Demand For San Francisco Housing Remains High, But Challenges Keep Supply At Bay
While it is no surprise San Francisco is an expensive place to live, developers are still able to sell recently built condos at a fast pace. Demand remains high and job growth continues to rise, especially with more office buildings coming to downtown. Home prices are expected to go up with supply dropping off by 2018 since the cost to develop is skyrocketing.
Trumark Urban is among the developers actively selling condos, including its assets The Pacific and The Knox, which just opened sales with 20% of units already sold during pre-sales. Trumark Urban has worked or collaborated on eight projects since 2012.
Even with a healthy number of condos selling, supply has not caught up with demand. Regulations, a labor shortage and affordability requirements continue to make it difficult for new developments to pencil.
“San Francisco has seen tremendous job growth over the past six to seven years as the tech market has come back so strong,” Trumark Cos. co-founder Gregg Nelson said.
Combined with a desire from Millennials to live in the city even if they do not work in San Francisco, demand is strong, but supply is limited.
The cost of land has gone up, fees to the city and requirements from communities have increased. Construction costs have increased because of the lack of labor with construction of office, multifamily and retail all happening at once.
“[The labor shortage] has increased our costs, especially in Downtown San Francisco, and also caused delays in our schedule,” Nelson said.
Comparatively, the construction shortage is not as acute in suburban housing. Affiliate Trumark Communities is working on master plan and traditional neighborhoods in the Greater Bay Area, including an 800-lot master plan in Dublin a few miles from the East Dublin BART line. Nelson said the Tri-Valley is growing rapidly where BART allows commutes into San Francisco. It is also developing a 500-lot master plan community in Manteca. The firm is working on about 2,000 lots within the Greater Bay Area and its periphery.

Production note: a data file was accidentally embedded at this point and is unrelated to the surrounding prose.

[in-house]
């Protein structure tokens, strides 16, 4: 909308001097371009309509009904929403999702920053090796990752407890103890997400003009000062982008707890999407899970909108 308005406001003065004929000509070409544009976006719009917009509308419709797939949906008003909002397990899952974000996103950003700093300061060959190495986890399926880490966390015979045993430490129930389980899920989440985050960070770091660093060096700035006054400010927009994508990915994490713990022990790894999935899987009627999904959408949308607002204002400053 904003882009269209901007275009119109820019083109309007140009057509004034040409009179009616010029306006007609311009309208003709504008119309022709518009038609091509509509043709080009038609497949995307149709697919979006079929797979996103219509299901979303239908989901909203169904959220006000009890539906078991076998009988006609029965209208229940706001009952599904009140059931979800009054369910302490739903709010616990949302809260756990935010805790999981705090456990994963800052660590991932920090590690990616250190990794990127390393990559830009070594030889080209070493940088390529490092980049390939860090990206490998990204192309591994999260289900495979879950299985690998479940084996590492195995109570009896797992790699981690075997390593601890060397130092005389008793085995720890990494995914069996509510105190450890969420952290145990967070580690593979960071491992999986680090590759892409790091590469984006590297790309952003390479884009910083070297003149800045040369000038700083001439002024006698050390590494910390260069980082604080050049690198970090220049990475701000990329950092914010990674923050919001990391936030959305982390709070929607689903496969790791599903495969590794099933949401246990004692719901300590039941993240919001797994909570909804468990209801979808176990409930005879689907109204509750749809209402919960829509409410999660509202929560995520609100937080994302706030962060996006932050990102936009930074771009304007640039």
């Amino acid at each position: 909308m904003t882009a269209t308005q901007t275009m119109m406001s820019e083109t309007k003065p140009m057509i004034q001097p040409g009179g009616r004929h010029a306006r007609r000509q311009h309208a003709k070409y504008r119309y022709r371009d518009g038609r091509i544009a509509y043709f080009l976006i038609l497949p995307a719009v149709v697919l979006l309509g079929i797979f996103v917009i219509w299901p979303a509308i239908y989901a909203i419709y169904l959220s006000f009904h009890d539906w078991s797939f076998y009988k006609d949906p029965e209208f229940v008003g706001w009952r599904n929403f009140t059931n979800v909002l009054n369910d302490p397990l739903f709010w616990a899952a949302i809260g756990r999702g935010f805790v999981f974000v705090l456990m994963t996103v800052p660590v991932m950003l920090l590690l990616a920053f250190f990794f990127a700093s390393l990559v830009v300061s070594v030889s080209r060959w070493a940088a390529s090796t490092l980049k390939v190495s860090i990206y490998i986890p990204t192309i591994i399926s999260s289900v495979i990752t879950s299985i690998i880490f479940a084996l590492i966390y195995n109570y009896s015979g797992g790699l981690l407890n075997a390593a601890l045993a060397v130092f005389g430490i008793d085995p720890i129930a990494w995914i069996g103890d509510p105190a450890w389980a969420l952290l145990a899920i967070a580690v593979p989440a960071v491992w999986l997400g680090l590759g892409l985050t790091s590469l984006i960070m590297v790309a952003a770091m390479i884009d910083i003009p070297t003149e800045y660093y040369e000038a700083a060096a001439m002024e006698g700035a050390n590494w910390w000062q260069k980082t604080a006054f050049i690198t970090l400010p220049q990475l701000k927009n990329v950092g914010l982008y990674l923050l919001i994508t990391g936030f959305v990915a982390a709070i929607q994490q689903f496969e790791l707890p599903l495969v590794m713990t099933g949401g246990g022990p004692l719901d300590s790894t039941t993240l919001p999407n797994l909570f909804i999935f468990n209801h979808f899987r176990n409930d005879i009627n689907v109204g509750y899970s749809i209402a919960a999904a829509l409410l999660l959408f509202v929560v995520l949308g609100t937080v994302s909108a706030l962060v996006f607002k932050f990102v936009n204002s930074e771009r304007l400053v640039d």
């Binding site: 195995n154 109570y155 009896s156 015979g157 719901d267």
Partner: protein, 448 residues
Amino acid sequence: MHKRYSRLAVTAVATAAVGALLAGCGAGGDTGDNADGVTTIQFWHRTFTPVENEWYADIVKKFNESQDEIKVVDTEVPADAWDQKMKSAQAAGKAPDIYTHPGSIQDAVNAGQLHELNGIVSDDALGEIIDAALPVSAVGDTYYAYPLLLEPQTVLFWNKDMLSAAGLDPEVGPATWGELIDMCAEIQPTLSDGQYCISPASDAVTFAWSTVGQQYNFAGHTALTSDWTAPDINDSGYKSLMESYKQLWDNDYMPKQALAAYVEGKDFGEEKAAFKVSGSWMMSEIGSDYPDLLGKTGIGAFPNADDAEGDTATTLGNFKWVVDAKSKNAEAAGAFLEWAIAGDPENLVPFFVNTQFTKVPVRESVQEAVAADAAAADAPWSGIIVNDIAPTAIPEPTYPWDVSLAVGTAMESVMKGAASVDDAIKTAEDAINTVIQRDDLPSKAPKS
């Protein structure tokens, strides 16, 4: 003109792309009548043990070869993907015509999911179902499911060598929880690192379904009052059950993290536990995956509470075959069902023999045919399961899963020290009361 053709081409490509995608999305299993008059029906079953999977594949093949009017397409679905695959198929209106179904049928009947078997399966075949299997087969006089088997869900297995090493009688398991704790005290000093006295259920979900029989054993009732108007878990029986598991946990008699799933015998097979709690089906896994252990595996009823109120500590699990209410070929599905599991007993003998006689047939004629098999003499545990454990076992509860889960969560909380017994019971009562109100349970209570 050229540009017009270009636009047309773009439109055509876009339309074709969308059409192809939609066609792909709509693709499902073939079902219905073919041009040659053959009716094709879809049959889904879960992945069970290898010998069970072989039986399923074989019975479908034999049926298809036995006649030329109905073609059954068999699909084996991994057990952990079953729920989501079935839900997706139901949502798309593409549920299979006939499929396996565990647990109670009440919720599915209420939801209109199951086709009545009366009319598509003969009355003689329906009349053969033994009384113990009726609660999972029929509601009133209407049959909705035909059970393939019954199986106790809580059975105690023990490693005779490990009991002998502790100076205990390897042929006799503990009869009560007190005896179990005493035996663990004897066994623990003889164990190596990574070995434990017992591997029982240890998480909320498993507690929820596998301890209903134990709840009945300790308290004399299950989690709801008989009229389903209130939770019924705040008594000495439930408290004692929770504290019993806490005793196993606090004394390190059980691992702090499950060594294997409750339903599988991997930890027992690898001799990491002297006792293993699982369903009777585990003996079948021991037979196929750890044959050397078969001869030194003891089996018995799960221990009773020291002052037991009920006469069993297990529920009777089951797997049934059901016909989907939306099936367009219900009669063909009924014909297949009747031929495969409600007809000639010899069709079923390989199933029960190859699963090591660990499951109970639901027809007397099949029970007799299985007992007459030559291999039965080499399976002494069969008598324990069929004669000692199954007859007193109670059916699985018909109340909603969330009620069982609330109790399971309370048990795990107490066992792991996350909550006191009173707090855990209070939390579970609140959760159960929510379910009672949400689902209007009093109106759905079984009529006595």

Nelson said the labor shortage is more of a problem in San Francisco because it is almost like an island and difficult for workers to get here. The construction industry is dominated by unions, which are typically costlier, and fewer contractors that can perform specific job duties are available.
“Mid-rises and high-rises are different than a two-story house because it takes special expertise from contractors and fewer contractors are available for the amount of work required,” Nelson said.
Affordability requirements are not helping. Nelson said delivering housing to people for much less than it cost to build makes the rest of the units bear the cost.
If it costs more to develop a project, a developer will have less money to go toward the price of land. Sellers will not get as much for the land and may end up just not selling the land. This leads to a decrease in transactions and continued constraint on supply, Nelson said.
Because of all of these factors, it is very difficult to underwrite new products in San Francisco.
Financing, and construction financing in particular, also has been increasingly difficult. Equity partners have to believe in the numbers to get the project going. It also takes much longer to complete financing than before because of the regulatory burdens. Mortgage lender regulations have greatly increased and have made it difficult for people to qualify for a loan to buy a house.
“If [conditions] improve, which we are anticipating, it should help make mortgages more available to buyers,” Nelson said.
Find out more from Gregg and others about the current market conditions and what is selling and where at Bisnow's San Francisco Residential Investment & Development Forum on March 14 at The Fairmont Hotel.